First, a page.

Jared's Response No, you don't. Professional NASCAR drivers are not chosen based on their academic credentials. They are chosen based on their abilities, expertise, collaboration, and marketability. In other words, they are chosen for what is best for NASCAR.
When it comes to earning a living through stock car racing, there are several ways to go about it. You can become a crew member, an owner, or compete in the race itself. Some people choose to work their way up through the ranks of stock car racing, while others jump right into the fray. Regardless of where you end up driving, it is important to have some form of education or training behind you before you can be considered for a job.
All professional NASCAR drivers must hold a valid license from the National Association of Stock Car Auto Racing (NASCAR). Before any driver can be approved by the organization to compete in races, they must show that they meet the requirements set by NASCAR. These include having a good driving record, being at least 18 years old, and having completed high school or its equivalent. There are also tests that need to be passed to qualify as a crew member or engineer on a team. The criteria varies depending on the position that you are applying for.
NASCAR drivers are just as accomplished as other professional sportsmen in other sports, with these racers requiring great levels of mental and physical skill to succeed. Take a deep breath with us as we delve into the 9 characteristics that propel a skilled NASCAR driver to the top of this difficult sport.
These characteristics are: speed, memory, judgment, intuition, perception, practice, commitment, and temperament. As you can see, it takes more than just luck or genetics to be a successful NASCAR driver; you must also possess certain skills that enable you to compete at the highest level possible.
Now, let's take a look at each of these traits in detail.
As mentioned earlier, NASCAR drivers are just as adept at sprinting down the track as they are cruising around it at 200 miles per hour+. They need to be able to adjust their driving styles accordingly so they can respond quickly to different situations on the race track.
For example, if a driver sees that one of his front-runners is getting away from him, he will shift into high gear and pursue him down the straightaways. But once they reach the corner where the racing line is located, they will return to low gear and wait for the next turn of the wheel. This shows that even though they are still very fast, they know when to hold back out of respect for others.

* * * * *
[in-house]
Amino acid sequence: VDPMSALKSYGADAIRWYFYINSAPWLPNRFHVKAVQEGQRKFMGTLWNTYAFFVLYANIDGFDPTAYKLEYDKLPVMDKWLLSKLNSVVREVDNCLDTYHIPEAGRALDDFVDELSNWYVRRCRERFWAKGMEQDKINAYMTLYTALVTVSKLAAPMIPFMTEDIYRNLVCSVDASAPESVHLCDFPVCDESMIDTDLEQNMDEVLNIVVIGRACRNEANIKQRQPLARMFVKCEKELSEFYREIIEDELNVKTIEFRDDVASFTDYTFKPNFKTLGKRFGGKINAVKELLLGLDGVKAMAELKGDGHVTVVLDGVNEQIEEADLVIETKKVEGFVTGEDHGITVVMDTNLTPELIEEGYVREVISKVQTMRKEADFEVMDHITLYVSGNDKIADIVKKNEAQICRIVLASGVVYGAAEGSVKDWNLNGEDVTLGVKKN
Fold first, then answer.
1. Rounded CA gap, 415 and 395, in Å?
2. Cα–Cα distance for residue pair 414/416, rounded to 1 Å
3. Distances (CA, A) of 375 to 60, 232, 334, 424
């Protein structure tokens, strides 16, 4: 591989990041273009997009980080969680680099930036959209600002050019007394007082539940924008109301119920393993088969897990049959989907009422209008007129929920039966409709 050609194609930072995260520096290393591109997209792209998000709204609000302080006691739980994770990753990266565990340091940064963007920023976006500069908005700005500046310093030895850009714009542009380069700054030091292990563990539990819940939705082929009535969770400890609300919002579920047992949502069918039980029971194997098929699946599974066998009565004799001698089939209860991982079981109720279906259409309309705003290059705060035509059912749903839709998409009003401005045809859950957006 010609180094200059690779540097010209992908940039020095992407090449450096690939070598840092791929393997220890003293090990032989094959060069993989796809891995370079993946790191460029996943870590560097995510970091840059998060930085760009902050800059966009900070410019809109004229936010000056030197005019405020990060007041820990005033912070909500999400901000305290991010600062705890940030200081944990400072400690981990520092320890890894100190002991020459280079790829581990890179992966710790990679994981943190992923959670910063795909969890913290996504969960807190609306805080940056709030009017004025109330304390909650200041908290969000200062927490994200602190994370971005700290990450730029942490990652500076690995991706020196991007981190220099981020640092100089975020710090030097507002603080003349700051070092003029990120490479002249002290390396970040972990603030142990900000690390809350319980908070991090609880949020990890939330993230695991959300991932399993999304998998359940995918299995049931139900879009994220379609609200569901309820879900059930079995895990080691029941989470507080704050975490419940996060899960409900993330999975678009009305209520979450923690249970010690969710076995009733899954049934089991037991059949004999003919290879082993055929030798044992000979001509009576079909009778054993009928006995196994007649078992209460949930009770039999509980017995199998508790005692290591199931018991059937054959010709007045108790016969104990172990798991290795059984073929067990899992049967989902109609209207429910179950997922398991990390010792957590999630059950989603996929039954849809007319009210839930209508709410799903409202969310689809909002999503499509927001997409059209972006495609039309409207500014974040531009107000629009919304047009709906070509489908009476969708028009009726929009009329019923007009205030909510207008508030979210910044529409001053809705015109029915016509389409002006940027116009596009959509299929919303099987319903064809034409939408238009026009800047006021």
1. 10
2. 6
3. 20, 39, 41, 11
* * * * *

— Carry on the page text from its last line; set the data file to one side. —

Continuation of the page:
You can apply through NASCAR headquarters or a NASCAR-licensed track in your area. Everyone on your team will need to obtain a license as well [source: Martin, Tuschak]. Even if you've already won a race in another organization, you must submit an application and CV to NASCAR. Your application may be reviewed by someone within the company, such as a director of racing.
In addition to being able to drive a stock car at high speeds around a race track, you must also be able to read a map and follow instructions. Drivers are expected to prepare themselves for each race by reading the official program guide that contains the list of qualified drivers and their starting positions. You must also report to the track with a valid driver's license and proof of insurance. The staff at the track will inform you which day you will be driving in practice sessions and qualifying races.
If you're interested in trying out for NASCAR, check out the schedule of events for upcoming seasons. There might be some races near you where you can test your skills before the season starts. Then once the season is over, see who the winner was and find out how they joined NASCAR.
Education While most NASCAR drivers used to have only a high school background, a college degree is now regarded desirable. This is especially crucial as the sport becomes more business-like. A driver must be proficient both behind the wheel and in a boardroom while recruiting potential sponsors to be successful in NASCAR. Many race winners have gone on to successful careers outside of racing including Michael Jordan, Alex Rodriguez, and Bart Starr among others.
Training To compete at the highest level of NASCAR, a driver needs to be trained by a professional driver coach. The best coaches can take raw talent and turn it into winning cars. They may also be involved in strategy discussions with team owners or help develop new vehicles that can better handle up-and-down speeds found on race tracks.
Driving Experience No one becomes a NASCAR driver overnight. It takes years of hard work and training to reach the top. First, you need to be able to drive well. Then, you need to find a place where you can practice driving fast cars in circles. Only after this basic requirement is met can you look for ways to make yourself more attractive to teams and sponsors.
Race Results Since everything is done competitively in NASCAR, it's not enough just to be good. You have to be better than your competitors in order to win. This is why many drivers spend their time during off-season training working on improving their performance inside the car and out.